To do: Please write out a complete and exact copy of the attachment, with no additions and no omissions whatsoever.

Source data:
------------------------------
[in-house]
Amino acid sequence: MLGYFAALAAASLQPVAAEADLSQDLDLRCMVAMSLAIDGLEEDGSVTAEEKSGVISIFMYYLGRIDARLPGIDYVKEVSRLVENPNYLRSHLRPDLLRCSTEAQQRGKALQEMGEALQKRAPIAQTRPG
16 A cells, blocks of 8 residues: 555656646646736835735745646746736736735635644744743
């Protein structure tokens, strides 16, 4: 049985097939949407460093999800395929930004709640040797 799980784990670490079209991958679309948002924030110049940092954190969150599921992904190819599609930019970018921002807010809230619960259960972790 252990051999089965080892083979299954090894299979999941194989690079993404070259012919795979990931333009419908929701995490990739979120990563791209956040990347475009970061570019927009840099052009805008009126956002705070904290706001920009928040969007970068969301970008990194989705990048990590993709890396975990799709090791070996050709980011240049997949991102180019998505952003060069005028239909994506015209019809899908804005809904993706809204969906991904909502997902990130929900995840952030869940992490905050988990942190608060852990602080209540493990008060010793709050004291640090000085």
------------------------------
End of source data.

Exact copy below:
[in-house]
Amino acid sequence: MLGYFAALAAASLQPVAAEADLSQDLDLRCMVAMSLAIDGLEEDGSVTAEEKSGVISIFMYYLGRIDARLPGIDYVKEVSRLVENPNYLRSHLRPDLLRCSTEAQQRGKALQEMGEALQKRAPIAQTRPG
16 A cells, blocks of 8 residues: 555656646646736835735745646746736736735635644744743
């Protein structure tokens, strides 16, 4: 049985097939949407460093999800395929930004709640040797 799980784990670490079209991958679309948002924030110049940092954190969150599921992904190819599609930019970018921002807010809230619960259960972790 252990051999089965080892083979299954090894299979999941194989690079993404070259012919795979990931333009419908929701995490990739979120990563791209956040990347475009970061570019927009840099052009805008009126956002705070904290706001920009928040969007970068969301970008990194989705990048990590993709890396975990799709090791070996050709980011240049997949991102180019998505952003060069005028239909994506015209019809899908804005809904993706809204969906991904909502997902990130929900995840952030869940992490905050988990942190608060852990602080209540493990008060010793709050004291640090000085």